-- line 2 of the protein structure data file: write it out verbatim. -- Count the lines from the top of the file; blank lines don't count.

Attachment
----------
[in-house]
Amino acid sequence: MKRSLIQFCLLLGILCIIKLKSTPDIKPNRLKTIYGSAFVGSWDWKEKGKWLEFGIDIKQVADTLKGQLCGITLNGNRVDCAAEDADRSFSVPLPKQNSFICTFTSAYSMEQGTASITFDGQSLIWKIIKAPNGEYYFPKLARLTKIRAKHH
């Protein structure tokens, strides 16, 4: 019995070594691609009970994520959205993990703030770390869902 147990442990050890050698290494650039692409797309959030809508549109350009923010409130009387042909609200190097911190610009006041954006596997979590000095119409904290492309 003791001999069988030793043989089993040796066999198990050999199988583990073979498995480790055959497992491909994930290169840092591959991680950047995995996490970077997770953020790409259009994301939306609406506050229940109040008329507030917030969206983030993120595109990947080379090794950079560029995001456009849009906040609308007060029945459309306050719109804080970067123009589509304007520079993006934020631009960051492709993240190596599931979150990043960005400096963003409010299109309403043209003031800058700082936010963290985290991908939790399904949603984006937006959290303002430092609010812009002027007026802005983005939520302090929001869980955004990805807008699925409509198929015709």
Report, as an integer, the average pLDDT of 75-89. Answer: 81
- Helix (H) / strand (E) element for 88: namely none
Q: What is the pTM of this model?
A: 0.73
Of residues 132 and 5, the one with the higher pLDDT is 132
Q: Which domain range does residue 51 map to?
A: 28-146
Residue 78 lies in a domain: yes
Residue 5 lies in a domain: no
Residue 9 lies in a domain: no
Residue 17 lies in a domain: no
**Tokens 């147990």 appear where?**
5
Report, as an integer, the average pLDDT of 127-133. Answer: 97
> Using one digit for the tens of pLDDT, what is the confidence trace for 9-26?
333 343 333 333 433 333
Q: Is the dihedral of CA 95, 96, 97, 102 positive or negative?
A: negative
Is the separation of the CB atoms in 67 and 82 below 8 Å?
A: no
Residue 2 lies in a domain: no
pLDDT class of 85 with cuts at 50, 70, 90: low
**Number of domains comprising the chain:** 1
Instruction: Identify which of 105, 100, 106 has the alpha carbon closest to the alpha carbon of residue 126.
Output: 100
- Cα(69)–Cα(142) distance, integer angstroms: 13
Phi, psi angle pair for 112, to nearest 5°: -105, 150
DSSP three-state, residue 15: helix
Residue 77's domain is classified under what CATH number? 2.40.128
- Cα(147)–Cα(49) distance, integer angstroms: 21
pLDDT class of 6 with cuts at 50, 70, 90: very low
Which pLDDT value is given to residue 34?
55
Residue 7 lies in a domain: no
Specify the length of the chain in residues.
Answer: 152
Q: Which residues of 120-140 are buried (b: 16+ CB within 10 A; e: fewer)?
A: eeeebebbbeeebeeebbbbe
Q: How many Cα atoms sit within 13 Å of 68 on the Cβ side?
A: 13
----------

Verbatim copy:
Amino acid sequence: MKRSLIQFCLLLGILCIIKLKSTPDIKPNRLKTIYGSAFVGSWDWKEKGKWLEFGIDIKQVADTLKGQLCGITLNGNRVDCAAEDADRSFSVPLPKQNSFICTFTSAYSMEQGTASITFDGQSLIWKIIKAPNGEYYFPKLARLTKIRAKHH